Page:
The Second Circuit court of appeals just struck down the anti-gay Defense of Marriage Act, saying it violates the Equal Protection clause of the Constitution.
Update from Lambda Legal’s Jon Davidson:
“Section 3 of DOMA (requiring the federal government to treat legally married same-sex couples as single) held unconstitutional by the Second Circuit in the ACLU’s Windsor case today! This is the sixth court to agree with the President and the Department of the Justice that DOMA cannot stand. And the third court (and first federal court of appeal) to conclude that courts should judge with suspicion laws that discriminate based on sexual orientation. Congratulations to James Esseks, Roberta Kaplan, and all who worked so hard on this at the ACLU!”
UPDATE: I’m afraid that, in my excitement, I miscounted. There actually are 8 courts that have concluded that Section 3 of DOMA is unconstitutional. The 1st Circuit in Gill; the 2nd Circuit in Windsor; the federal district courts of Northern California (in Golinski and Dragorvich), Connecticut (Pedersen), Massachusetts (Gill), and New York (Windsor); and the Bankruptcy Court for the Central District of California (Balas, in which 20 bankruptcy judges signed the opinion).
The entire opinion is below.
From the opinion:
Analysis of these four factors supports our conclusion that homosexuals compose a class that is subject to heightened scrutiny. We further conclude that the class is quasi-suspect (rather than suspect) based on the weight of the factors and on analogy to the classifications recognized as suspect and quasi-suspect. While homosexuals have been the target of significant and long-standing discrimination in public and private spheres, this mistreatment “is not sufficient to require ‘our most exacting scrutiny.’” Trimble v. Gordon, 430 U.S. 762, 767 (1977) (quoting Mathews 17 v. Lucas, 427 U.S. 495, 506 (1976)).
To the extent that there has ever been “uniform” or “consistent” rule in federal law concerning marriage, it is that marriage is “a virtually exclusive province of the States.”…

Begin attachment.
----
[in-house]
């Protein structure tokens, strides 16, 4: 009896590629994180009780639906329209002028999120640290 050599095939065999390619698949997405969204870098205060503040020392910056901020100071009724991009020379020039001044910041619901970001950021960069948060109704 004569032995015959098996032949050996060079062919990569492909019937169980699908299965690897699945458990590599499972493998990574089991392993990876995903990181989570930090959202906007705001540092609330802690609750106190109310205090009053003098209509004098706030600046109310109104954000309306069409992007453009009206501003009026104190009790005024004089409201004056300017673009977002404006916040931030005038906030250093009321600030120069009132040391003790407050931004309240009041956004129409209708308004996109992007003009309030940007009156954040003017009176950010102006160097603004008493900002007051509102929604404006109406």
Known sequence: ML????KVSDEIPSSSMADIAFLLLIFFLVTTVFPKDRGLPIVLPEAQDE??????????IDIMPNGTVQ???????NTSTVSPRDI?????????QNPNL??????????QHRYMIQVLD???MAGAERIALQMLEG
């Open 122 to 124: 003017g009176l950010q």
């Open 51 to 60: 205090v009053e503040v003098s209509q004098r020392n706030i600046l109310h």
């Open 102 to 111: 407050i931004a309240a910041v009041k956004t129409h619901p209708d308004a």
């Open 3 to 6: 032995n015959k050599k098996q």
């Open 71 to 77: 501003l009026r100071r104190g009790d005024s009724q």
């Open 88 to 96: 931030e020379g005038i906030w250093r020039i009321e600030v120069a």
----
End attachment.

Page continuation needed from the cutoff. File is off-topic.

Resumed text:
Because DOMA is an unprecedented breach of longstanding deference to federalism that singles out same-sex marriage as the only inconsistency (among many) in state law that requires a federal rule to achieve uniformity, the rationale premised on uniformity is not an exceedingly persuasive justification for DOMA….
Congress undertook to justify DOMA as a measure for preserving traditional marriage as an institution. But “[a]ncient lineage of a legal concept does not give [a law] immunity from attack for lacking a rational basis.” Heller, 509 U.S. at 326. A fortiori, tradition is hard to justify as meeting the more demanding test of having a substantial relation to an important government interest. Similar appeals to tradition were made and rejected in litigation concerning anti-sodomy laws. See Lawrence, 539 U.S. at 577-78 (“‘[T]he fact that the governing majority in a State has traditionally viewed a particular practice as immoral is not a sufficient reason for upholding a law prohibiting the practice; neither history nor tradition could save a law prohibiting miscegenation from constitutional attack.’”)…
Even if preserving tradition were in itself an important goal, DOMA is not a means to achieve it. As the district court found: “because the decision of whether same-sex couples can marry is left to the states, DOMA does not, strictly speaking, ‘preserve’ the institution of marriage as one between a man and a woman.”…All three proffered rationales have the same defect: they are cast as incentives for heterosexual couples, incentives that DOMA does not affect in any way. DOMA does not provide any incremental reason for opposite-sex couples to engage in “responsible procreation.” Incentives for opposite-sex couples to marry and procreate (or not) were the same after DOMA was enacted as they were before….
Our straightforward legal analysis sidesteps the fair point that same-sex marriage is unknown to history and tradition. But law (federal or state) is not concerned with holy matrimony. Government deals with marriage as a civil status–however fundamental–and New York has elected to extend that status to same-sex couples. A state may enforce and dissolve a couple’s marriage, but it cannot sanctify or bless it. For that, the pair must go next door.
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